WV White: House Of Spiritual Athletes (Anyway Records)

Winning second LP from the Columbus OH band in the grand tradition of US indie, GBV, 'Mats

Released Apr 21st, 2017 via Anyway Records / By Erick Mertz
WV White: House Of Spiritual Athletes (Anyway Records) A one minute track, HOSA I opens House Of Spiritual Athletes, an arrangement of stringed instruments out of tune, struggling to come together. Usually I’m dubious of these sorts of instrumental tracks as needless space filler, or clumsy reaching for concept that is barely present, but for WV White this feels like a genuine prelude to an album that masterfully flaunts conventional senses of harmony.

The guttersnipes in WV White (or West Virginia White, named for the summer, moth-like butterflies abundant around the Rust Belt) are prolific crafters of songs about the myriad of busted states within the human condition. On Broken Arm the lyrics about falling apart both physically and emotionally warble out over a single strummed guitar, so vulnerable you want to reach through and cuddle the lead singer; at just one minute and thirty seconds Home To No One mines similar territory, acoustics more stripped down. While the connection to The Smiths might be defined as loose at best, Brain Left Down feels to me like an offbeat cover of Back To The Old House only sung by the porch light, buzzing with summer mosquitoes. I mean, bollocks to Morrissey’s perfect falsetto, he doesn’t have the market cornered on woe. The vocals on House Of Spiritual Athletes would be an acquired taste for anyone checking WV White out, shrill at times, always out of tune. They aren’t radio friendly, but they are hand in glove with subject.

The most accurate categorization of House Of Spiritual Athletes is an indie rock record, but more precisely, it’s regionally focused, Rust Belt indie, in the grand traditions of Guided By Voices and The Replacements, sloppy while managing to evoke strong disaffected emotions. On my summer play list this year, Drag Down will fill a prominent role, a sumptuous mid-tempo, garage door open rock tune that I sing along with even though I barely know any of the words. There are others like it, Truth Is New a blown-out anthem, featuring the most crushing bass line from anywhere on the track list. The record successfully packs a lot of solid songwriting into the eleven tracks. It never feels like the band is reaching, or compromising. The fat churning chords opening Backwards are pure basement rock and Space the longest song on the record opens the band’s sound up to more experimentation that anywhere else. My criticisms of contemporary garage rock is that the lo-fi, scuffed edged sound is more about being cheap and quick, but WV White uses those elements for aesthetic.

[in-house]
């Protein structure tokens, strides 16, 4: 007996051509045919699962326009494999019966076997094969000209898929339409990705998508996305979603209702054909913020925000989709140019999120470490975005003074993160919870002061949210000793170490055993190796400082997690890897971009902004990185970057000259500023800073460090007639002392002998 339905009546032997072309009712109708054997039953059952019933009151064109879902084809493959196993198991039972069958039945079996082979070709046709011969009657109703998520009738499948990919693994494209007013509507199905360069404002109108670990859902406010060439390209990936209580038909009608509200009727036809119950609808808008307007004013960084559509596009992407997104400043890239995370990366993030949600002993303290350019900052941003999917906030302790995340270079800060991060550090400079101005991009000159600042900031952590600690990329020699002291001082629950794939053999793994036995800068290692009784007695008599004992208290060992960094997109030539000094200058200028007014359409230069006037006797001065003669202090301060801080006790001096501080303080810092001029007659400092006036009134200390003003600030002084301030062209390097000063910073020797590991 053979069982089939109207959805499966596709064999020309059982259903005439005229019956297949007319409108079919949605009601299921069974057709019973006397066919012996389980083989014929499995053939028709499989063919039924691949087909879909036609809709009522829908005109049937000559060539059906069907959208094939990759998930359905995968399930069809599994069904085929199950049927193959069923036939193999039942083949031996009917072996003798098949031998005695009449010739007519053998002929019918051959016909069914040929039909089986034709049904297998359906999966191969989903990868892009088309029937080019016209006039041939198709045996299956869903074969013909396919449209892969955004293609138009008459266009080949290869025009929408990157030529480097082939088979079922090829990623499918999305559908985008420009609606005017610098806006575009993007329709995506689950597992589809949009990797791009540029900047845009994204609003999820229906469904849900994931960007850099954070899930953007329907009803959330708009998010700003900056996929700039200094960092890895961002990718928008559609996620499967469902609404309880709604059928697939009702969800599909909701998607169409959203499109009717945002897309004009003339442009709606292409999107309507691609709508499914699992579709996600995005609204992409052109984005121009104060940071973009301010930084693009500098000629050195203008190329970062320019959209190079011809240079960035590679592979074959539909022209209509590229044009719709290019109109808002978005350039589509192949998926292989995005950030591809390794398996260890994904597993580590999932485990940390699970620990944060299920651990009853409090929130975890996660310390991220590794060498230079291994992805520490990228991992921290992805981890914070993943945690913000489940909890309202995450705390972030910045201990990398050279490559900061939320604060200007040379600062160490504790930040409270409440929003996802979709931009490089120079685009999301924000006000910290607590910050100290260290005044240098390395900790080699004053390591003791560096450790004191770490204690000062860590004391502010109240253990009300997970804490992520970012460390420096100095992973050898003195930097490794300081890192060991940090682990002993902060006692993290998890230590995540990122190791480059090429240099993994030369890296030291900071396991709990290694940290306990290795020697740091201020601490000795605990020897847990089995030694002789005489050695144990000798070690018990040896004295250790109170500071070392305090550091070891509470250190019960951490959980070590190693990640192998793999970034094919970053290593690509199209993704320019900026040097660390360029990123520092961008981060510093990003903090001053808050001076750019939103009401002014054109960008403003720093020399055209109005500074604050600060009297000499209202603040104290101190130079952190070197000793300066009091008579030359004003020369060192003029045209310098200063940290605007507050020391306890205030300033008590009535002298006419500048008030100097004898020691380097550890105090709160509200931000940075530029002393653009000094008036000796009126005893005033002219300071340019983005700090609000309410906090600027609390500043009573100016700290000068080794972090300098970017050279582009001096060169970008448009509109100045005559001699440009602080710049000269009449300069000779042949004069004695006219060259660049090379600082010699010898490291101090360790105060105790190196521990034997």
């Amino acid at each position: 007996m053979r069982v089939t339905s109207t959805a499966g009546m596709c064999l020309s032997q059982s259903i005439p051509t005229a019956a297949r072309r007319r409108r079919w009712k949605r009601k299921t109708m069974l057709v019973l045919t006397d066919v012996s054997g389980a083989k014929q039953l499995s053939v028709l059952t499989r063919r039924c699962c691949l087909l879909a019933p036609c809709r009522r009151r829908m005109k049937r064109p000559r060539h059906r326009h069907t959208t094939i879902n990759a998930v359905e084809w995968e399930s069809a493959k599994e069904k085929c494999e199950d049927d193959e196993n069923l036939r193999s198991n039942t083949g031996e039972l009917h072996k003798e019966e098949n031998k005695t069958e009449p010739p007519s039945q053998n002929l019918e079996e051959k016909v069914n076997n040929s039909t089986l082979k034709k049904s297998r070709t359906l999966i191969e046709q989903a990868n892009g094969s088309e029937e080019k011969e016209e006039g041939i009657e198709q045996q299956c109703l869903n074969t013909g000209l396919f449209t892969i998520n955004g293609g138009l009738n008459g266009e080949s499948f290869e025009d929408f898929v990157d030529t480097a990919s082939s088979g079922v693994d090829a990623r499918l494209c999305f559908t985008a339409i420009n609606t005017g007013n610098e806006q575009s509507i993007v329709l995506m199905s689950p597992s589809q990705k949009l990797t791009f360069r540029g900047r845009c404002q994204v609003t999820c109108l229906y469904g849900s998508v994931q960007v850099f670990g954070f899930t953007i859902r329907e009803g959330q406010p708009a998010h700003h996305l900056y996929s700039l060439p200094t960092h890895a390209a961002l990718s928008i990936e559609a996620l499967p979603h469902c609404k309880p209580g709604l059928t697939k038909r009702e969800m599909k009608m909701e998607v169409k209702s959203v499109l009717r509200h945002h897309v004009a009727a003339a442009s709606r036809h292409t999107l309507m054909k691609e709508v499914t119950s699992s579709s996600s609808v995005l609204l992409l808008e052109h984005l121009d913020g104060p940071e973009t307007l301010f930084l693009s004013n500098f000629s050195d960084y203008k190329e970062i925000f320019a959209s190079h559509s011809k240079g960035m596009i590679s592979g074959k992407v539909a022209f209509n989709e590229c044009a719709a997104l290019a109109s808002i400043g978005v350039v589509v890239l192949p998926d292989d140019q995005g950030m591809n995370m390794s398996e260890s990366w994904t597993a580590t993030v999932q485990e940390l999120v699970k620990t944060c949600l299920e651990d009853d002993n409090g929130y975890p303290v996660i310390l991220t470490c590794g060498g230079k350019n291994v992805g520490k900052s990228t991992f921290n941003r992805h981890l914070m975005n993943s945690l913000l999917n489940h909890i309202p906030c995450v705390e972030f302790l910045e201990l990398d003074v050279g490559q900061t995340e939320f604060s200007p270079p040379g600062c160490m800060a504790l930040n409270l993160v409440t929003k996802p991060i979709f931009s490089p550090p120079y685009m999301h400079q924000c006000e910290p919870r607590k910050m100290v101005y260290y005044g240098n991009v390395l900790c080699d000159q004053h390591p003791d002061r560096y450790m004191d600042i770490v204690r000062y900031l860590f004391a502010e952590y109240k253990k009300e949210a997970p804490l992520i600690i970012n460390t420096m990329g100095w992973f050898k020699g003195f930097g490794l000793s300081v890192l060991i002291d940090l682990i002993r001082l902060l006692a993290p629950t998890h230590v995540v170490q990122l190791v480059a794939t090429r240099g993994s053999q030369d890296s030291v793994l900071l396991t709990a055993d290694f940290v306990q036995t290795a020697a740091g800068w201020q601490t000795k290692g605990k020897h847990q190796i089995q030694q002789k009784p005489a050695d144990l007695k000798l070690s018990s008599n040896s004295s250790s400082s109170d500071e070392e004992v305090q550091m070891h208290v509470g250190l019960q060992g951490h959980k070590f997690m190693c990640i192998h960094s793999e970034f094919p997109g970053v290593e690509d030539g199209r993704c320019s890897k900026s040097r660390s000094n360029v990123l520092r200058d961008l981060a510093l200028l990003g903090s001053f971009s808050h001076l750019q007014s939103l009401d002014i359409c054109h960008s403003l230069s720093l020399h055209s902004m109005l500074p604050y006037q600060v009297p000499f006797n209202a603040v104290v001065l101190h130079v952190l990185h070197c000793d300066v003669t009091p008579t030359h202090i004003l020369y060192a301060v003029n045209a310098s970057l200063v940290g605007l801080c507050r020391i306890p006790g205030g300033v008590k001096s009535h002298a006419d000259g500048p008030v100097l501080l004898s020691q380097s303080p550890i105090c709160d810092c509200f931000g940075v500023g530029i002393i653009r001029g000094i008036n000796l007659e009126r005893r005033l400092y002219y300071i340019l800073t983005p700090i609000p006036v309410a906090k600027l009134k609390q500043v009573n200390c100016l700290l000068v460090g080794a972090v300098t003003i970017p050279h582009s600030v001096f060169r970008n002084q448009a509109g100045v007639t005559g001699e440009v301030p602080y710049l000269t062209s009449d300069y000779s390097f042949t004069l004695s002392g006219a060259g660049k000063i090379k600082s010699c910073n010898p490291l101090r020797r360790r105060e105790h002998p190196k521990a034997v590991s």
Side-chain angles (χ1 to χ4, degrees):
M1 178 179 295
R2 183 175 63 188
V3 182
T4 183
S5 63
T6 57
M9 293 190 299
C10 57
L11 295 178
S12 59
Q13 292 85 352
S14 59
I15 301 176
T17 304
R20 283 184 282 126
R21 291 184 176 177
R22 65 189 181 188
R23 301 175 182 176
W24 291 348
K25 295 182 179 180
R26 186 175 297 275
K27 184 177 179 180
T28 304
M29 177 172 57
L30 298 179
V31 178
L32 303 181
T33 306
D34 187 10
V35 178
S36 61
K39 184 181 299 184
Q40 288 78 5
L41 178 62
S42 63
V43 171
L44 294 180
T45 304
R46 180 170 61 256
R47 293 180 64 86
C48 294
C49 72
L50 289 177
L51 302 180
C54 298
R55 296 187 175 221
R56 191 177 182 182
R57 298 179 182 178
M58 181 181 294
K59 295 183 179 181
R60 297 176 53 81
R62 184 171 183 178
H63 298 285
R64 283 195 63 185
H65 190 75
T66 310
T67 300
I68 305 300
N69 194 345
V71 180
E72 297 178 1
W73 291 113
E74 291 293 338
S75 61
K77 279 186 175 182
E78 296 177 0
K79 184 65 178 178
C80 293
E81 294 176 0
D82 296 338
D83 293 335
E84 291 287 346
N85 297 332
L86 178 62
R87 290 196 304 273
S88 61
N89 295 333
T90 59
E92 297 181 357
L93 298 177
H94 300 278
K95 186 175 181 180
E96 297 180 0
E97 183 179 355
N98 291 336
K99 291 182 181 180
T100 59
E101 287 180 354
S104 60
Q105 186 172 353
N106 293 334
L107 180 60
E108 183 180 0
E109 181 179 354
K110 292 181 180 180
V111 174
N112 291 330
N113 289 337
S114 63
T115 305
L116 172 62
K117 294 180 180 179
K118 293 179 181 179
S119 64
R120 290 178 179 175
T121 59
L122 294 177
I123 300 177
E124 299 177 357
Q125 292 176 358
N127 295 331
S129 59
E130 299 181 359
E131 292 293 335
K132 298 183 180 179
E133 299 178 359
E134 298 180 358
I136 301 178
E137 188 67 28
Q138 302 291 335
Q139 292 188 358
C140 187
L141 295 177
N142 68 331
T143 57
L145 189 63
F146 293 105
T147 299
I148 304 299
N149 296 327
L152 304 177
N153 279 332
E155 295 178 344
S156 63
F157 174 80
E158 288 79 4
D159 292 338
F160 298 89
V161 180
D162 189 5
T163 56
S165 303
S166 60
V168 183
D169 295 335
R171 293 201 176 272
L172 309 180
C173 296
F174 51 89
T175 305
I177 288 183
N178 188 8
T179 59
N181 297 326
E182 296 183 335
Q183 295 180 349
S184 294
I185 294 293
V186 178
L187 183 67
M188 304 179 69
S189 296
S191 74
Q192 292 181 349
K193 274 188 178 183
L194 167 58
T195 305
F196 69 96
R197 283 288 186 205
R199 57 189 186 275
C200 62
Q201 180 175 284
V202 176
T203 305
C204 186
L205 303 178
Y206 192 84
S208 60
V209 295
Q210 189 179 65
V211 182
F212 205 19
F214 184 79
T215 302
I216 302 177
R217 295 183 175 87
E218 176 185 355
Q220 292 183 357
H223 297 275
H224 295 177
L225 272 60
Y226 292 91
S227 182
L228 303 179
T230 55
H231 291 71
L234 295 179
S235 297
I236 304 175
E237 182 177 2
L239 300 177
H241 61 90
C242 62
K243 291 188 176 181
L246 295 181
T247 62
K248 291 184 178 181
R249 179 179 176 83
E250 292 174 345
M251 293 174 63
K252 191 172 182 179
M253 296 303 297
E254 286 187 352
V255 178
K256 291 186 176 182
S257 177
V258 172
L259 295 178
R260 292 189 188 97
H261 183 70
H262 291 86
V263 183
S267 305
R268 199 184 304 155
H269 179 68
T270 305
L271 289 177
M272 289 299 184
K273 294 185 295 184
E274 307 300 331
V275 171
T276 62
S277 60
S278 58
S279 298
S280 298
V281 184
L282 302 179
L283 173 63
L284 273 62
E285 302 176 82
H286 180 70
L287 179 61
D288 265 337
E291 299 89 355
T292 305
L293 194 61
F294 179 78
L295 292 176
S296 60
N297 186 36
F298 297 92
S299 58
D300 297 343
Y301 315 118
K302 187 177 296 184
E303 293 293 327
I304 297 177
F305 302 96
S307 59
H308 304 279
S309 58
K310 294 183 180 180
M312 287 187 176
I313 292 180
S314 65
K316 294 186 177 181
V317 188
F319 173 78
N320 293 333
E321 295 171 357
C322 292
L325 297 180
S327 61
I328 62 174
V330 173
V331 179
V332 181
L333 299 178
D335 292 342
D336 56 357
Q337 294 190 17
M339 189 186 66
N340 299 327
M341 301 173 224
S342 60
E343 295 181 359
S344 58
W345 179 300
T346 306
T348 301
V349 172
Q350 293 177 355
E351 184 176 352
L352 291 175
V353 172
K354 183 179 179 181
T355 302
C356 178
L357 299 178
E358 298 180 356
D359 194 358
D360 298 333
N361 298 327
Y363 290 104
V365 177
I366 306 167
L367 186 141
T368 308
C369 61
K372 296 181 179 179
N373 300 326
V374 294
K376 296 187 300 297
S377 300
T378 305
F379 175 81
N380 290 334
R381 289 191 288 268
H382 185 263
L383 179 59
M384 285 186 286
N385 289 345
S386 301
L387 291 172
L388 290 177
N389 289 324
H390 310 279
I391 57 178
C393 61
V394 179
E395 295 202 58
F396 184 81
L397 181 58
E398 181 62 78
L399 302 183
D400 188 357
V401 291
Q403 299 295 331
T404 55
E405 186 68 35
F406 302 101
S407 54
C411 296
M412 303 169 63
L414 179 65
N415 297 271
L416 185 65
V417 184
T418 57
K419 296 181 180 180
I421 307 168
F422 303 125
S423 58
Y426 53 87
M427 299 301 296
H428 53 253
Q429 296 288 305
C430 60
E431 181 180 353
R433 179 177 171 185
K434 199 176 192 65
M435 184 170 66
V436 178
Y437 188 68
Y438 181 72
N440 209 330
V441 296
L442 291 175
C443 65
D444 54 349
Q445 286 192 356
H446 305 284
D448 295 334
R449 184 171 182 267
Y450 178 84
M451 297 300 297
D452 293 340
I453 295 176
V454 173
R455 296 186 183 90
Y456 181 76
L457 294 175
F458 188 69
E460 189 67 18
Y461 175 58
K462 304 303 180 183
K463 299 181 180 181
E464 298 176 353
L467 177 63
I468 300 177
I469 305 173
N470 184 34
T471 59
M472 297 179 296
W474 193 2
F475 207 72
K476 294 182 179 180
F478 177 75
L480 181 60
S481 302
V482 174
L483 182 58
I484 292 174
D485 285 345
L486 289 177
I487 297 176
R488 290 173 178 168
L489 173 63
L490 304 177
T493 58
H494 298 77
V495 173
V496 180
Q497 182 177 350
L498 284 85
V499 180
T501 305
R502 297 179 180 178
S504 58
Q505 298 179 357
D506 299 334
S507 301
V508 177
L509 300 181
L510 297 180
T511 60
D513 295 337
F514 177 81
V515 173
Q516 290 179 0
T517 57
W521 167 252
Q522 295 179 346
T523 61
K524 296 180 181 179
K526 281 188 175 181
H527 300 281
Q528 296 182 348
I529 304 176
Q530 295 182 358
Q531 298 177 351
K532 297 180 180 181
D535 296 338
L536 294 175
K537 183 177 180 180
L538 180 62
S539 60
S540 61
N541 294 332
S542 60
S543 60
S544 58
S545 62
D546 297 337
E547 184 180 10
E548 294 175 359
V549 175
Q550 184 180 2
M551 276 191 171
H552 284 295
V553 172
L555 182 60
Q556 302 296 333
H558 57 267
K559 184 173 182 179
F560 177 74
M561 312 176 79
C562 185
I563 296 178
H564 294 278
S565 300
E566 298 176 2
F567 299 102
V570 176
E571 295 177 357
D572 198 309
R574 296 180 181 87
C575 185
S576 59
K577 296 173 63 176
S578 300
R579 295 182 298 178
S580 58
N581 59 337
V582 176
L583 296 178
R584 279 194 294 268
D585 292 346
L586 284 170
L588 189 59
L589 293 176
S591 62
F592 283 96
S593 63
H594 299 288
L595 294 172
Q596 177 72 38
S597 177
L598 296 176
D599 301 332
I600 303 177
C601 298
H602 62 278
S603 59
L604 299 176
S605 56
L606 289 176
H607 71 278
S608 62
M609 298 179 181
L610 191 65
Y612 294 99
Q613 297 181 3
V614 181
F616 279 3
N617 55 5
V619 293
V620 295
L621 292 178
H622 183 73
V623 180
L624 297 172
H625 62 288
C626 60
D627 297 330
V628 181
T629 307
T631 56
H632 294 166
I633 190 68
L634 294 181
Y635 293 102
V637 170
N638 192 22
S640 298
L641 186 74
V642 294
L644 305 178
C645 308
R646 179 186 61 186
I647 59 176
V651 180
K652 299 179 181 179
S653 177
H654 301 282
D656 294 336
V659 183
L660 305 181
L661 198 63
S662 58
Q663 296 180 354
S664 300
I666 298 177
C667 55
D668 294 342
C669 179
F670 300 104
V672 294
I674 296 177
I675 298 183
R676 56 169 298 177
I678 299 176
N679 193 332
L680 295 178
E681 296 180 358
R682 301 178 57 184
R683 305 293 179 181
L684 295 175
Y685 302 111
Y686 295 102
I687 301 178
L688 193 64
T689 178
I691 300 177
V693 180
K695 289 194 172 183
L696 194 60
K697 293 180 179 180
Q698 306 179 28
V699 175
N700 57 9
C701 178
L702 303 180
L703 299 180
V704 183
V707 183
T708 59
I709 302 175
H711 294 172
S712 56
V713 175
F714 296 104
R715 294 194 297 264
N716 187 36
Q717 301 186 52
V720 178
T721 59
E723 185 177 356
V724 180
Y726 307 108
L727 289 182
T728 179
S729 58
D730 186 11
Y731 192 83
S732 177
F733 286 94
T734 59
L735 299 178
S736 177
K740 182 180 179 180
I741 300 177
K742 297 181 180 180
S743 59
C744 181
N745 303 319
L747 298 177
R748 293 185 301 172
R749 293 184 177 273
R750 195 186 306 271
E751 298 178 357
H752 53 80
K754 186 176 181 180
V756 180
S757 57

As I had hoped, House Of Spiritual Athletes ends on a blissfully melancholic tone. Maybe the most effusive song on the record, Evil aches and hopes until it fades into the LP run out, leaving the listener clamoring for more of this dusty, smoke infused rock. I’m a huge fan of this record, hungry for more of what these guys have up their sleeves.